Meteors & Meteorites
When a large meteor strikes it can blast out a crater,
like one did 25,000 years ago: the Barringer Crater near Winslow Arizona.
About 1.2 km across and .2 km deep,
the meteor that caused it is estimated at 50 meters diameter
which would have weighed about 300,000 tons.
Barringer Meteor Crater -
photo by B.P. Snowder
The Barringer meteor was very small compared to the object that created the Chicxulub Crater
in the Yucatán 65 million years ago. That is the one
that is theorized to have led to mass extinctions. It is estimated to have
been 6 to 15 kilometers in diameter.
Meteors are sometimes called "shooting stars" or "falling stars."
Most are only bits of gravel the size of your fingernails or smaller.
They are the leftover debris from the formation of the solar system.
Many are part of rivers of debris scattered by passing comets. If the Earth passes through
one of these rivers of debris, we have a meteor shower. Occasionally the Earth passes through a very
dense area of the river, and we have a meteor storm with hundreds of thousands of streaks per hour.
"On the night of November 12-13, 1833, a tempest of falling stars broke over the earth...
the sky was scored in every direction with shining tracks and illuminated with majestic fireballs.
At Boston, the frequency of meteors was estimated to be about half that of flakes of snow
in an average snowstorm. Their numbers ... were quite beyond counting; but as it waned,
a reckoning was attempted, from which it was computed, on the basis of that much-diminished rate,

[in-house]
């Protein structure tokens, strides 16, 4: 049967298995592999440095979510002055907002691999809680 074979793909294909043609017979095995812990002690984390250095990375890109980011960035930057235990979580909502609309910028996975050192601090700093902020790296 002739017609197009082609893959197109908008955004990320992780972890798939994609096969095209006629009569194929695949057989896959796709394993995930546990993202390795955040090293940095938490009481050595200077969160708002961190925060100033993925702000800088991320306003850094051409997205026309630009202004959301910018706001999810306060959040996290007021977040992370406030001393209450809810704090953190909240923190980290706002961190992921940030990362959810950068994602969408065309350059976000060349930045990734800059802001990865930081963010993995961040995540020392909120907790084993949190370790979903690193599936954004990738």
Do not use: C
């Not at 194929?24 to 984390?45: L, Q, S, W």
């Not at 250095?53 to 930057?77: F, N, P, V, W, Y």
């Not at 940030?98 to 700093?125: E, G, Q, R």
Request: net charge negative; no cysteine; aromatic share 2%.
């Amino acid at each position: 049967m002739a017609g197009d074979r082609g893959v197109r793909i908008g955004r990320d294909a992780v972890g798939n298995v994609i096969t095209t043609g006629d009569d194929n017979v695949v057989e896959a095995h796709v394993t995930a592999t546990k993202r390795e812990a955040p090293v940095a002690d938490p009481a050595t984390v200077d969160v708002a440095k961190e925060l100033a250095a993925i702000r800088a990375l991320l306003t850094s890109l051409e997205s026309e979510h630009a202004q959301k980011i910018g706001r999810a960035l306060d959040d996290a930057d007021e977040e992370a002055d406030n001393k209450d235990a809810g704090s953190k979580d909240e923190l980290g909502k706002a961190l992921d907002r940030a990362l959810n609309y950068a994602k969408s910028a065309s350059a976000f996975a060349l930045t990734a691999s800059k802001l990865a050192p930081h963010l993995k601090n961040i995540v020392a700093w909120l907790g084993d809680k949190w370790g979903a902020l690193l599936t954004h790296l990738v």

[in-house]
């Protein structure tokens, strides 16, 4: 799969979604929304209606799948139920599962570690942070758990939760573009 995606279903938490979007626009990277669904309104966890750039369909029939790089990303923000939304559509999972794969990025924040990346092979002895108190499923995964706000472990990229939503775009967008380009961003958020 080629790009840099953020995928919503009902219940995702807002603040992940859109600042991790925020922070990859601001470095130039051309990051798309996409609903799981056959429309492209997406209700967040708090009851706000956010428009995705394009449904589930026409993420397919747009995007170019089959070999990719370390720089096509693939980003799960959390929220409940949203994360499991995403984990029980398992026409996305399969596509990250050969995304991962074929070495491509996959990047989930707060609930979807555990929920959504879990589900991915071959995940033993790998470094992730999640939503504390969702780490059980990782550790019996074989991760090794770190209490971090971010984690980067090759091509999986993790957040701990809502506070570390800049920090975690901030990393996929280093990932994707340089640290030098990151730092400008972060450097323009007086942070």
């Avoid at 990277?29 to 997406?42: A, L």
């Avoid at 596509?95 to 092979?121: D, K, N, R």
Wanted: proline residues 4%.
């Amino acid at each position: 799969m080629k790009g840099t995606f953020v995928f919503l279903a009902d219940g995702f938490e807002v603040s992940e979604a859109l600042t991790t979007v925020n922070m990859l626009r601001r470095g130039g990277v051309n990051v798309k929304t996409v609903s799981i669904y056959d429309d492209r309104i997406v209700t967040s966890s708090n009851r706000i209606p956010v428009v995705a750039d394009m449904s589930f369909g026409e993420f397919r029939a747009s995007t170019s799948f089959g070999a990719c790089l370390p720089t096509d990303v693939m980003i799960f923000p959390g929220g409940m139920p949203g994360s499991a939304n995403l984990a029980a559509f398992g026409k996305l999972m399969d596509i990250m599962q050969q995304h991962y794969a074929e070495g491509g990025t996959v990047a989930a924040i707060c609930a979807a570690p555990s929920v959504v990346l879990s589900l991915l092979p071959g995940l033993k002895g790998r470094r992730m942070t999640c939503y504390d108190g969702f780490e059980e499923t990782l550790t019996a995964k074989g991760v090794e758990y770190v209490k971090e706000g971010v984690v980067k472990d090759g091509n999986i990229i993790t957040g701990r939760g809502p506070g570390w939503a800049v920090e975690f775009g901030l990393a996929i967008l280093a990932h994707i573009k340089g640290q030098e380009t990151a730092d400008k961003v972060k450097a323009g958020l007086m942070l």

that 240,000 must have been visible during the nine hours they continued to fall."
When the Earth runs into a patch of debris that is all moving parallel, like the stuff left by comets,
it looks like the
streaks radiate outward from a particular point in the sky. This happens for the same reason that
parallel train tracks appear to converge to a point on the horizon. It's just perspective. The streaks in
each of the major meteor showers appear to radiate from a point in a particular constellation as the
Earth reaches a certain point in its orbit each year. This is what gives the names to the showers.
When a meteor
happens during a shower but doesn't radiate from the point like the rest, it is called a rogue
- not a true member of the stream.
On the other hand when a true member of the stream comes days earlier or later than the
rest of the herd, it is called a stray.
Engraving of the 1833 Leonid Meteor Storm
The best time to see meteors is between midnight and dawn. That's when you are on the part of the Earth
that is "in front" as it travels through space. In fact, at dawn you are on the very bow of the ship.
On an average day about 4 billion meteors enter our atmosphere, totaling more than a hundred tons.
Debris enters the
earth's atmosphere and gets heated by friction because it travels at such high speed,
10 to 70 kilometers per second. For a few seconds
they streak across the sky. The brightness we see is actually the hot ionized gasses surrounding
the object. Usually the object
completely burns up before hitting the ground, but some are large enough to
survive and impact the ground. These are called meteorites.
Sometimes a meteor will enter the atmosphere weighing several kilograms.
these are spectacular events called fireballs.
The glowing trail following fireballs sometimes continues to glow for up to 30 minutes.
Fireballs are typcially the brightest objects in the night sky. If you see a fireball,
remember to take a quick look at how distinct your shadow is.
Also, listen carefully, sometimes fireballs explode. Exploding meteors are called bolides.
Major Meteor Showers
| eta Aquarids
| delta Aquarids